Adding Wax To Plasticell Frames

I've noticed that when I give a frame of plastic/wax coated foundation (plasticell) to a hive, if they do not drawn it out the first time it's given to them, they seem to ignore it thereafter.

For example, I gave a new undrawn super of plasticell foundation to a hive at the middle of last summer.

The nectar flow was on heavily and they were filling up all my drawn supers so quickly I thought I might get them to draw out a new one before the flow stopped.

As it turned out, the flow stopped and they did not draw out the frames. They walked on the frames, dirtied the frames and maybe even removed small amounts of wax for use elsewhere in the hive.

Here's an example frame. If held just right, you can see they are a dull white (lack of wax) or maybe a tinge brown (from the dirt on the bees feet).

If I were to give them back these frames this year, they most likely would not draw them out, in my humble experience.

In the video below, I've melted some bees wax from last year's harvest and used a foam brush to apply a light coat of new wax to the frames.

Here's what the same frame looks like with new wax applied.

In a couple of areas, I allowed too much wax to drip from the brush and it filled in the bottom of the cells. I'm sure the bees won't mind to move the wax around to where it's needed.

Have you noticed the same thing with your plasticell (if you're using plasticell) if they don't draw out the frame the first time you give it to the bees? Am I just crazy or have ultra-lazy bees?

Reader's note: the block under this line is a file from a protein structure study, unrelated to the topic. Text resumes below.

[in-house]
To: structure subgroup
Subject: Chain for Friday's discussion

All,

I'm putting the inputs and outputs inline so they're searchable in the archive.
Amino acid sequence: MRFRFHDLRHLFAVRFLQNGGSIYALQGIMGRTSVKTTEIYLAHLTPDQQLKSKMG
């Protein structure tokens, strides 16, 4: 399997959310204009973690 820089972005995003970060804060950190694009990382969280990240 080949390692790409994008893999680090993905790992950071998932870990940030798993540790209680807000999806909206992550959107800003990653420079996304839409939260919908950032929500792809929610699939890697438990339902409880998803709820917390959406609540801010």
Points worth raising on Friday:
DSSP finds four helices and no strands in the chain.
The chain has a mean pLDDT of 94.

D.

Update: On 7/7/2014 I posted an update which showed the bees did draw out the frames and use them, which is great news!

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Comments For This Post: (4) | Post Your Comments! Hide The Comment Form
Rick says...
Date:   April 6, 2014, 1:20 pm

I've had the same experience, so I always wax my new plasticell foundation, even though I purchase it pre-waxed (has a nice base coat that way). I do it exactly like you show. I use an inexpensive mini crockpot dedicated for this purpose and it's ready to go once the wax melts. I recently talked with a more experienced beekeeper in my local association who also does it this way except that he adds one more step which I will try this year. He adds 1 tsp of Honey Bee Healthy to a quart of 1:1 cane sugar syrup in a spray bottle and lightly coats the wax. Perhaps the bees like the minty smell, but at any rate my friend swears by this. He also says this is great for introducing package bees or a swarm to a new hive. I have no problem with these steps since I'm not commercial, and enjoy working with my small number of hives.

John says...
Date:   April 21, 2015, 2:49 pm

What if you don't have any wax from the previous year?

shawn says...
Date:   May 15, 2015, 10:35 pm

I found my bees would use the plasticell as a starting point of a bridge. They would start on the frame, build the comb off into bee space and then either back to the frame, or connected to the next frame. Sort of forced me to have comb honey last year.

Wayne says...
Date:   March 21, 2016, 2:19 pm

I use wax in cake form and just rub it all over the foundation both sides before I snap it in the frames. It is a little thicker than putting it on melted. 

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